The finish line of my move is in sight. My apartment is vacant save for a pile of things destined for Goodwill, a couple of nonessentials, and cleaning supplies. Oh, and small herds of dust bunnies. My new home is full of boxes, Hefty garbage bags bulging with blankets and pillows, and furniture awkwardly standing about like someone who doesn’t know what to do with themselves at a party. There’s still plenty of work left to do, but for now I’m thankful that what I need is at least under the right roof.
On my run today, I thought about what I’ve learned (or, more appropriately, been reminded of) about moving during this adventure:
* Don’t make a mountain out of a mountain. Long-distance runners know this rule as “take it one mile at a time” or “break your race up into small sections, rather than contemplating the whole thing as you toe the starting line.” When you know a move is imminent, start the process as soon as possible — pack one box at a time. Fill one dumpster-bound or Goodwill-bound bag at a time. The same goes for when you’re in your new home, surrounded by boxes, all too ready to never smell cardboard again, ever. Recognize that it will take a while to get settled. Unpack one box at a time. Give yourself a break.
* Look up every once in a while. Moving and making a transition in your life are very exciting… and very time-consuming. The details, even if you go about them sensibly, can gobble up your time faster than you can say “change of address.” Remember that there’s more to your life than moving. For me, that means doing a hard-stop every evening, sitting down, and relaxing. It means making time to hang out with my friends, and it means I don’t let valued habits, like running or writing, fall by the wayside just because life is temporarily hectic.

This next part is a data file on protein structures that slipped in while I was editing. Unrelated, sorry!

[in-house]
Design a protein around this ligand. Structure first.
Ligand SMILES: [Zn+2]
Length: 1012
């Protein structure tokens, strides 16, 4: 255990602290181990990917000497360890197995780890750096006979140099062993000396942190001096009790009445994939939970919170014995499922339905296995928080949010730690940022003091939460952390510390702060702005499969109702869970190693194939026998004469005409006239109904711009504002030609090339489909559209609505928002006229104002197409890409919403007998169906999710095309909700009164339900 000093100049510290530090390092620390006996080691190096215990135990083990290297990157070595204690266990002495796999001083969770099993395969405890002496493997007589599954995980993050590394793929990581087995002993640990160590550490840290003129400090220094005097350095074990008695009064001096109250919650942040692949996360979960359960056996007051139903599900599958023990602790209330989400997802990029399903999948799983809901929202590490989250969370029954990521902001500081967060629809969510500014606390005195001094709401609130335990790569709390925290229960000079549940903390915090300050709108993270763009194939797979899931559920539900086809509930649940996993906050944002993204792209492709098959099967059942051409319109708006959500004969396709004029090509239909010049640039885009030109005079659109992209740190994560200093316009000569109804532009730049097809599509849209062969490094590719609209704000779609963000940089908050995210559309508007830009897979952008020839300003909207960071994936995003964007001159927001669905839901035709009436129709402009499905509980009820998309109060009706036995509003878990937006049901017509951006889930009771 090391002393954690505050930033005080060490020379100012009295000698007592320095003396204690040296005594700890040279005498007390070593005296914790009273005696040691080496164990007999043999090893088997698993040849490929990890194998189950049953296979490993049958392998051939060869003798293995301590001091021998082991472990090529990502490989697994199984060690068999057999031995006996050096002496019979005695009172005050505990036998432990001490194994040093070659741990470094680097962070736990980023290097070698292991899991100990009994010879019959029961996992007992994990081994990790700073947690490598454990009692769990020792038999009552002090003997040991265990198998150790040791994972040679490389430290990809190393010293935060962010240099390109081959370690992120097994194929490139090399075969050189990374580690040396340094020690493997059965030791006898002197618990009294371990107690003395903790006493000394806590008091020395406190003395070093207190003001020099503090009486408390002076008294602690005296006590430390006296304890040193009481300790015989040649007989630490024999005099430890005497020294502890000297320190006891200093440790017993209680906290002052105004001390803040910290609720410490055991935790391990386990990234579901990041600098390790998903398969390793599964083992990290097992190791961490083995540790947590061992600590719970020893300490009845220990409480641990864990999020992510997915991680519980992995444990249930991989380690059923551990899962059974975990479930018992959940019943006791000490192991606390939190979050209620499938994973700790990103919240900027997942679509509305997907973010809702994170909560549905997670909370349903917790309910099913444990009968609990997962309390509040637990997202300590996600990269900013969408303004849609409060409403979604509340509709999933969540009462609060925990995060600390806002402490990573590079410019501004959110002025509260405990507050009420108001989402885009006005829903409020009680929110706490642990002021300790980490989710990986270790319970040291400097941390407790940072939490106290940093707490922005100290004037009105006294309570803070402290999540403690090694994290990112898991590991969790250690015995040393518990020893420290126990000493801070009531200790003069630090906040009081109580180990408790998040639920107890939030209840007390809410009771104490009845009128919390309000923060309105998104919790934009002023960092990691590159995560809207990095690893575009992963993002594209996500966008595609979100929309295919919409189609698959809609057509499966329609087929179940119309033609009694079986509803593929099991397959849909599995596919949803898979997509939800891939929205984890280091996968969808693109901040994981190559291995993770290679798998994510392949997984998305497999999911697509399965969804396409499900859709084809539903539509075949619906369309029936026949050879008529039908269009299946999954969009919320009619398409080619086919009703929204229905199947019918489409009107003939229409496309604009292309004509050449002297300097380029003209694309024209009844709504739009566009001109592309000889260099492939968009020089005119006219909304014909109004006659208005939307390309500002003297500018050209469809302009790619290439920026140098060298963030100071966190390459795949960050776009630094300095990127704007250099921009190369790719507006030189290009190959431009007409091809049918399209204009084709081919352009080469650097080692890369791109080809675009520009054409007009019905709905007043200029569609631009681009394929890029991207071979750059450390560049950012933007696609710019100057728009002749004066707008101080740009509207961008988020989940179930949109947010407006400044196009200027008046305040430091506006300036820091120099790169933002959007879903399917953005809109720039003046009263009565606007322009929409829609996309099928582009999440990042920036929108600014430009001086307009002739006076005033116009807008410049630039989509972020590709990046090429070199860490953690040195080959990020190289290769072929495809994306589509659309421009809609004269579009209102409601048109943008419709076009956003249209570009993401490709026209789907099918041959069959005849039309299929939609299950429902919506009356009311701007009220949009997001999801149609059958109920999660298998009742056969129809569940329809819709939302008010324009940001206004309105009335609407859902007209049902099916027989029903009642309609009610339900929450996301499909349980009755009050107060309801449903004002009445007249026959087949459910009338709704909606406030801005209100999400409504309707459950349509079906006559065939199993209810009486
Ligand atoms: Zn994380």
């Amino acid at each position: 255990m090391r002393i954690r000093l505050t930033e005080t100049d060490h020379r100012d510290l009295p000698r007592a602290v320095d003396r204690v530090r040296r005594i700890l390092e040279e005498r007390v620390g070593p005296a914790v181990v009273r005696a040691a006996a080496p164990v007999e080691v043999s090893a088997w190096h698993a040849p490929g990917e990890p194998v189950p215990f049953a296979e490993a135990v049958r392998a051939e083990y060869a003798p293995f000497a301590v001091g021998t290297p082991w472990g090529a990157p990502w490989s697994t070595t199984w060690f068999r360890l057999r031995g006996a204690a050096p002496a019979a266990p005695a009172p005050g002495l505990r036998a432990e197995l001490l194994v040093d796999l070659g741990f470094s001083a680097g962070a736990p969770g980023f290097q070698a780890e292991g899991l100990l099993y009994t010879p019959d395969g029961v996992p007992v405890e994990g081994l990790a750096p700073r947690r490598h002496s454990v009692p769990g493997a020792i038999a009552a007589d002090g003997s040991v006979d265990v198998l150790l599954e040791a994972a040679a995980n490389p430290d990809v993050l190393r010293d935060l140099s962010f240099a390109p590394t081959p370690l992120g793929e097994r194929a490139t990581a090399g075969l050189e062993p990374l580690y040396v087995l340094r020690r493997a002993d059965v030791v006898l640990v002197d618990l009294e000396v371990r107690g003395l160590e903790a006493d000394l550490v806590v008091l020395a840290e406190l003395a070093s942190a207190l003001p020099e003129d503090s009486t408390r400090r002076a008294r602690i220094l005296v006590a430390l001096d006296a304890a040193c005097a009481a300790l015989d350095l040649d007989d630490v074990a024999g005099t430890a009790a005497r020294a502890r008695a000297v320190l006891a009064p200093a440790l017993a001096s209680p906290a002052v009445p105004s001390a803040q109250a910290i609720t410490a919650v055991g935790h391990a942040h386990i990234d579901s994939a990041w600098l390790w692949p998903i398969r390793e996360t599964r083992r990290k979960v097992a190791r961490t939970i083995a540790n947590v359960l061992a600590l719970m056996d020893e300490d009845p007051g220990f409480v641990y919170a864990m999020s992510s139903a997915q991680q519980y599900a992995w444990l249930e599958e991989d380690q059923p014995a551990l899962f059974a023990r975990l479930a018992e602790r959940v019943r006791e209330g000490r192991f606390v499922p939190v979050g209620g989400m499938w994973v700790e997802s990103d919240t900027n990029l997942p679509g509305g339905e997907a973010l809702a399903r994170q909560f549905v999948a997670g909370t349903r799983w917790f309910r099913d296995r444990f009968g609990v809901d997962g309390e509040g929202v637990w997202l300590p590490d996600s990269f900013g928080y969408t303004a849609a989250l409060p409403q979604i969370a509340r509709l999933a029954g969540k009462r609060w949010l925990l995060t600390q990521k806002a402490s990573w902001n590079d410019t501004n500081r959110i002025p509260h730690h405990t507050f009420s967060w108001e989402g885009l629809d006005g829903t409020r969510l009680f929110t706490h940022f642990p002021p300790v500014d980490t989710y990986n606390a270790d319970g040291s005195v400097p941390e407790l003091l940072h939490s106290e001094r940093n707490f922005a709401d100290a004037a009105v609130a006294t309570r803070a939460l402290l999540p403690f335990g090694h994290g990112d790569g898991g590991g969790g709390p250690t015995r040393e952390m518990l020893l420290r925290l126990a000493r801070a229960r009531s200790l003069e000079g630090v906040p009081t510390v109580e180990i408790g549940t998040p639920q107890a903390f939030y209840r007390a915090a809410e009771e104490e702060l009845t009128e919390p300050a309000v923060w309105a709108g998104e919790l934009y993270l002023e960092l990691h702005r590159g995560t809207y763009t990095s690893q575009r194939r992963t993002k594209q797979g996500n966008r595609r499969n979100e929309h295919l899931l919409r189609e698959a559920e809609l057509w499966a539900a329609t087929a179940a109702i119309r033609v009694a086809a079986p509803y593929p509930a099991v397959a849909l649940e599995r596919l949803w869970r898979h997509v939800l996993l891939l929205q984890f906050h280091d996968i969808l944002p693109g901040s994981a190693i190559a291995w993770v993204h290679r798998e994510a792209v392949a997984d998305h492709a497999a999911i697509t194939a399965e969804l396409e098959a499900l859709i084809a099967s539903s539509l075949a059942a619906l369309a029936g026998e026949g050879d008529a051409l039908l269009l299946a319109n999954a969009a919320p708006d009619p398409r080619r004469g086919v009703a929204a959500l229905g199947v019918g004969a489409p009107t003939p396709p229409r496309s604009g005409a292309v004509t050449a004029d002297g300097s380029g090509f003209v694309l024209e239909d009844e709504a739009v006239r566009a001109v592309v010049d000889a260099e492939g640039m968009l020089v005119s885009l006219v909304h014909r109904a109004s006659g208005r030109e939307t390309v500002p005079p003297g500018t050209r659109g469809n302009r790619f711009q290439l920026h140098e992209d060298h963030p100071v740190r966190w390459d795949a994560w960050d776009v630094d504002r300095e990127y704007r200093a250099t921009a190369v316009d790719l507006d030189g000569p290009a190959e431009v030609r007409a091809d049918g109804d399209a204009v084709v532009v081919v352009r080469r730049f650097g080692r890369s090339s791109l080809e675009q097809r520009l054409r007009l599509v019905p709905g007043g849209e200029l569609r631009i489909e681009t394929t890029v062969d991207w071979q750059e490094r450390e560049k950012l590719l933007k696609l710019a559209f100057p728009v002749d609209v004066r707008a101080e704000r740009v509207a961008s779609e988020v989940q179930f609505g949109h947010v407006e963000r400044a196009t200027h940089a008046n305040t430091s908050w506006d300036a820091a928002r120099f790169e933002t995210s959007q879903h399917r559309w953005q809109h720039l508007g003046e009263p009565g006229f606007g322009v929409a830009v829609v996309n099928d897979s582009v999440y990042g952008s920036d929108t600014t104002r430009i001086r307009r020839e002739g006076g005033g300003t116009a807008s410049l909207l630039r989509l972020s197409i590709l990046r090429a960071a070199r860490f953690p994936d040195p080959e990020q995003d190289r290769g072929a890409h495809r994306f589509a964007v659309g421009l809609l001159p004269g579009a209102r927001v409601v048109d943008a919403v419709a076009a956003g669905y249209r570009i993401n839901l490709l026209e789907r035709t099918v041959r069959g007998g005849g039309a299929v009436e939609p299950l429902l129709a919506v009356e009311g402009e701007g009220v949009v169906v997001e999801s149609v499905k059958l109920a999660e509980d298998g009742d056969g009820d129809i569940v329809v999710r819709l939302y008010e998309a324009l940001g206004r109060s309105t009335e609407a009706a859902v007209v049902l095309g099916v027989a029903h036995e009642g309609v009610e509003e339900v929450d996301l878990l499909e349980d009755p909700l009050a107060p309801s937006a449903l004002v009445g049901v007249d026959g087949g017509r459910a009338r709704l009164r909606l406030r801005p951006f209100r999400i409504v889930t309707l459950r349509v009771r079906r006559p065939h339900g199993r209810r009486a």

* It’s okay to miss the old neighborhood. My apartment was next to El Dorado High School, and this time of year is when the marching band starts practicing on the back field. Packing boxes last weekend, I heard the familiar sound and realized I would probably never hear it again, and it saddened me. What I’ll miss even more, though, is the running. Living less than a mile from a 9-mile-long paved bike bath, and just a little farther than that from Albuquerque’s glorious foothills, spoiled me rotten. And while I’m really not that far from the foothills in my new neighborhood…what can I say? It’s just not the same. But that brings me to my next point:
* Explore your new surroundings! And what better way to do that than by running? You can find parks, playgrounds, public bathrooms (oh so important), and cool little neighborhoods, just by lacing up and heading out the door. It’s a great way to meet neighbors, even in post-run sweatiness. And yes, sometimes you’ll find a block with lots of large, loudly-barking dogs who look and sound like they maybe want to eat you. Just all part of the exploration process.
* Last but not least: keep an open mind and an open heart. I keep noticing sunflowers in my new neighborhood. Just a coincidence?